It’s not their place to worry about the health of their customers, obviously. But I’d rather see a few shisha places out of the few million we have in each neighborhood in Beirut go broke than to see more oncologists hit the jackpot. A little harsh? Perhaps. But drastic measures need to be taken in a country where smoking has become a human right, not a “privilege” as it should be.

The only thing I’d change in the law? Make a cigarette pack $10 and watch the smokers cry.

8 thoughts on “Dear Lebanese Restaurant Owners “Affected” By The Smoking Ban

  1. $10? Pfft… Average is $20 down under…

    The majority of councils now here have banned smoking in the restaurants, outside the restaurants and in highly populated outdoor areas like cafe/restaurant strips and the like…

    It’s about bloody time they annouced something good for the country!


  2. No one is making money off anything. If you don’t like it, don’t come to those restaurants. This should not be forced. People should be given the choice whether or not to ban smoking in their own restaurants and/or privately owned public places.


    • Seriously? If left up to them, it will be swept under the carpet… the odds of a restaurant owner actually implementing such rule under their own accord will surely be less than 1% – even that sounds generous!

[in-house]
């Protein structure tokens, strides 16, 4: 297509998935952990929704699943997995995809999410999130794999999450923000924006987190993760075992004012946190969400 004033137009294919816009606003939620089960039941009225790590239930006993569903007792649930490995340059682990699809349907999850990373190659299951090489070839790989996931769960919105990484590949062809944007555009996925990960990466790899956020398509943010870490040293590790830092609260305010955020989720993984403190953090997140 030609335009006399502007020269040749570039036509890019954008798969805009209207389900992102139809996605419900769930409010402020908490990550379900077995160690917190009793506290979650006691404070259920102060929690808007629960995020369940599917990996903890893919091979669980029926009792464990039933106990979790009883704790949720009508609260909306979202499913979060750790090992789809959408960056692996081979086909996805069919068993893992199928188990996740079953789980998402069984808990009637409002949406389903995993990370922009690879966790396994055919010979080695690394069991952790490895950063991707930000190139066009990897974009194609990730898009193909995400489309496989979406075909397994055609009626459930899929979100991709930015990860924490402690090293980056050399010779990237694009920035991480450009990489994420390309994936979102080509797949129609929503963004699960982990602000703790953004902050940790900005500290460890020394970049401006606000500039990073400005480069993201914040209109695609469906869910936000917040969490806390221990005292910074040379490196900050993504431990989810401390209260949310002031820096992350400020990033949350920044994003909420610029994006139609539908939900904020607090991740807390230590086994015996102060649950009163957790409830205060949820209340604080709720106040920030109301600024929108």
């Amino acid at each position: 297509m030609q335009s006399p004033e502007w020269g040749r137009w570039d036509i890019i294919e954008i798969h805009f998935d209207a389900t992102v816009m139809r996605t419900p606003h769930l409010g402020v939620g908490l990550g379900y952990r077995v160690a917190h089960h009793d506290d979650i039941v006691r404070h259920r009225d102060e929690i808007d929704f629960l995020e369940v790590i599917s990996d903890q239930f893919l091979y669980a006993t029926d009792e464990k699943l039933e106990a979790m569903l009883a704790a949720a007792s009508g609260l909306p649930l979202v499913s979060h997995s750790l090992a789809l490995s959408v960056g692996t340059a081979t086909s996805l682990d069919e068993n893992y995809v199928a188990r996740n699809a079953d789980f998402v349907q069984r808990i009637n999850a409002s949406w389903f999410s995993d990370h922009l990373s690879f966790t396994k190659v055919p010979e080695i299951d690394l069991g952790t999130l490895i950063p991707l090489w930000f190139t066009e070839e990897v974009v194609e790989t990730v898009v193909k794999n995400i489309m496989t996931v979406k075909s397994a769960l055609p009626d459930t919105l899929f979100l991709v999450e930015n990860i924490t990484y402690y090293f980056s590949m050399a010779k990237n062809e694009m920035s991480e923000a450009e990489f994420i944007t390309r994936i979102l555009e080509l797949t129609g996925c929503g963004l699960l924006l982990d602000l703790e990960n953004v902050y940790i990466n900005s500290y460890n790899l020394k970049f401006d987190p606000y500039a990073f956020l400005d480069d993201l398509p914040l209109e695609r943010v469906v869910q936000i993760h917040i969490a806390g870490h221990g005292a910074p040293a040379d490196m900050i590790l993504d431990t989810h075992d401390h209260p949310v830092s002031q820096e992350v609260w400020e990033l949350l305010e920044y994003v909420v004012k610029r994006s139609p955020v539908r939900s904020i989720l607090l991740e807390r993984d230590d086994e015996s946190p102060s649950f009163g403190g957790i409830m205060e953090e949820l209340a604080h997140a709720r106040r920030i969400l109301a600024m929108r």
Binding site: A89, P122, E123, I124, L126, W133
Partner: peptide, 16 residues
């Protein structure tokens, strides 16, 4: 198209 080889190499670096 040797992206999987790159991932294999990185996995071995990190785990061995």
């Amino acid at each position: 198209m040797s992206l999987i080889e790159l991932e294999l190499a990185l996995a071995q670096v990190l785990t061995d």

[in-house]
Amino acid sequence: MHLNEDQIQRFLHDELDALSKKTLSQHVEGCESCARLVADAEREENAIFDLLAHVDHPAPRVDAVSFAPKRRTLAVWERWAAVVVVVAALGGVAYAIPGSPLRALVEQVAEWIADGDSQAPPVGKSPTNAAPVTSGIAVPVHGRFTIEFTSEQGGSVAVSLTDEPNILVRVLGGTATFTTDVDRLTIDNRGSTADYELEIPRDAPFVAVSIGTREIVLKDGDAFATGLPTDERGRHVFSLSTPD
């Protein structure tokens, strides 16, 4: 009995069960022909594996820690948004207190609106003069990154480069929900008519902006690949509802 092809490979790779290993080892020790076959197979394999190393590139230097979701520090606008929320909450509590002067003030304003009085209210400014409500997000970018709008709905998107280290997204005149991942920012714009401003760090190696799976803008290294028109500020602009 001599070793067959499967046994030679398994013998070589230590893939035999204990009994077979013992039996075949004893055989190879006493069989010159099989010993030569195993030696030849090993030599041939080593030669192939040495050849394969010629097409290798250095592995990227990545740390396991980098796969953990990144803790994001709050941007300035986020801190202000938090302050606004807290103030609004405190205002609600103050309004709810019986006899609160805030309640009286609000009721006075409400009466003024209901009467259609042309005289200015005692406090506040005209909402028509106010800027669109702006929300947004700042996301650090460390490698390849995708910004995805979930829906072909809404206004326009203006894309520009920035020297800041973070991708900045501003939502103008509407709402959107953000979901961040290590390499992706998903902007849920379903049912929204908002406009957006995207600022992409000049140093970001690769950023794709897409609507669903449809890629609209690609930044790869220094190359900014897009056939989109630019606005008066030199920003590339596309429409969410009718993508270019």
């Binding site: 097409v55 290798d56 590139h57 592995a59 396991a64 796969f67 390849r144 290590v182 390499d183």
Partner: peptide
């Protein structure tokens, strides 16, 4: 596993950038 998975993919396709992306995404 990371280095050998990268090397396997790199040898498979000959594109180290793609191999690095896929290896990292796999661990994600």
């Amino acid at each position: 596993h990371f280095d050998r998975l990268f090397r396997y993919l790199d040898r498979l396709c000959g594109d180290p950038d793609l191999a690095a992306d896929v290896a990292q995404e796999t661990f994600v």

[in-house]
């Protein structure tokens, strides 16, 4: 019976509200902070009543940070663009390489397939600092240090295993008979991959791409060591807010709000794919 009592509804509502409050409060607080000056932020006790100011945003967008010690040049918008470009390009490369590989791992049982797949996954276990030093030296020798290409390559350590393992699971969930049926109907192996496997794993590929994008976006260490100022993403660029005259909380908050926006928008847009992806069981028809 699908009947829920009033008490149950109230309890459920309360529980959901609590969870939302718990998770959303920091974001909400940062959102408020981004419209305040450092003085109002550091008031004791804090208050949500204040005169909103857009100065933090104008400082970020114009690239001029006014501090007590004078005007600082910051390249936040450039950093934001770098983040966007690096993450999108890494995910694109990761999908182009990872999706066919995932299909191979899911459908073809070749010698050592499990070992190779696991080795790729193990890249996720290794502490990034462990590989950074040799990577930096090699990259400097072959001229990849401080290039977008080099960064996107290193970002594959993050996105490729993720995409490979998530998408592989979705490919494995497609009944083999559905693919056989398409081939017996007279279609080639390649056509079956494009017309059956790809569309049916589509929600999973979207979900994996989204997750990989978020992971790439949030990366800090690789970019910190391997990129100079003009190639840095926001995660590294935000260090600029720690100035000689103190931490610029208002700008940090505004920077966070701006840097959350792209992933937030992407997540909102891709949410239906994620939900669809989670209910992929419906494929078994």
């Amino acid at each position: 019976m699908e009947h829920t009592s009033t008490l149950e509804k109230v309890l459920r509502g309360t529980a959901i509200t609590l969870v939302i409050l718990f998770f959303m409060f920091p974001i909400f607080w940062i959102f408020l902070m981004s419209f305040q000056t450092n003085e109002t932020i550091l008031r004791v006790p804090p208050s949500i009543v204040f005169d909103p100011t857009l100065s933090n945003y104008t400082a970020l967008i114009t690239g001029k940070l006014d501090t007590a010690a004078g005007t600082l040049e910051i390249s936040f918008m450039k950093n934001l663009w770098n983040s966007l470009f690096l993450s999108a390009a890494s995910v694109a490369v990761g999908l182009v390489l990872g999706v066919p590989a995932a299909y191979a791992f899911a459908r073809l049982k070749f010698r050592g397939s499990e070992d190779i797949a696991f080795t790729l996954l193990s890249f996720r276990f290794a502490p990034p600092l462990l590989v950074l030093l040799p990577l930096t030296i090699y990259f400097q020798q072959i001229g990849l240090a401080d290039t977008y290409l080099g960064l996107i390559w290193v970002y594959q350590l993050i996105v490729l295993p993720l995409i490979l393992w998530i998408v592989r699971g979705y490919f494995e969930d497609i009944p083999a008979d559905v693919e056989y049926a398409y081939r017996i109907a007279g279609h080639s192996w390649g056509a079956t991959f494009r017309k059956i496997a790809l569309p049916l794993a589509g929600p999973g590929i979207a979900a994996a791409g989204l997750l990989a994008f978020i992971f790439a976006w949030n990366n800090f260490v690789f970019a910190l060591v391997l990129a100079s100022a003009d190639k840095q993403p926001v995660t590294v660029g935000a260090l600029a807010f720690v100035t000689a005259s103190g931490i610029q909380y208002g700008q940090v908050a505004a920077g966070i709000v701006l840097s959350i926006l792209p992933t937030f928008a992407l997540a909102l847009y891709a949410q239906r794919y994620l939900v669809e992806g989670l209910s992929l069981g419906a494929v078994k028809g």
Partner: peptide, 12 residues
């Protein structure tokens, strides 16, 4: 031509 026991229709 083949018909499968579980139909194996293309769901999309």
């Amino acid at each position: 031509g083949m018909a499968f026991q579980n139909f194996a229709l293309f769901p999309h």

• Yeah Memento, just let me know which restaurants you own or go to so we all stop going there. Just publish them if you dare to.
      Also, I love your reference to “privately owned public places”: very good one! I guess in your petty mind, it means that if it’s public and piblic-run, then it follows the public (ie government) rule, but if (haha and that’s the good one) it’s PUBLIC, but privately owned, then it’s the private that puts the public rule!!!
      Wow, are you a logical person, or are you another of those senseless people who just want to take advantage and pride themselves of being “lebanese opportunists”: or Shatara!.

      I hope you have children who go to privately owned public places. Maybe you’ll listen to them and learn something when they come back home red-eyed and coughing.


  3. LOVE LOVE LOVE what you wrote here. Especially making the pack of cigarettes 10$ and make smokers cry. That should be the first thing to do.
    I’m not a (cigarette) smoker but I do sometimes share shisha with my friends. I think maybe there should be specific places for such activities where we know that we would easily avoid if we don’t want to be dipped in smoke. It would be nice to have a meal smoke-free.
    I love for instance sitting and reading/working at one of Starbucks branches because smoking is not allowed inside. I don’t know how money coffee shops do that too but I’d love to see more places making the smokers feel the humiliation of going out (or in the smoking section) to practice his unwanted habit.


  4. Pingback: A Facebook Discussion With a Lebanese MP « A Separate State of Mind | A Lebanese Blog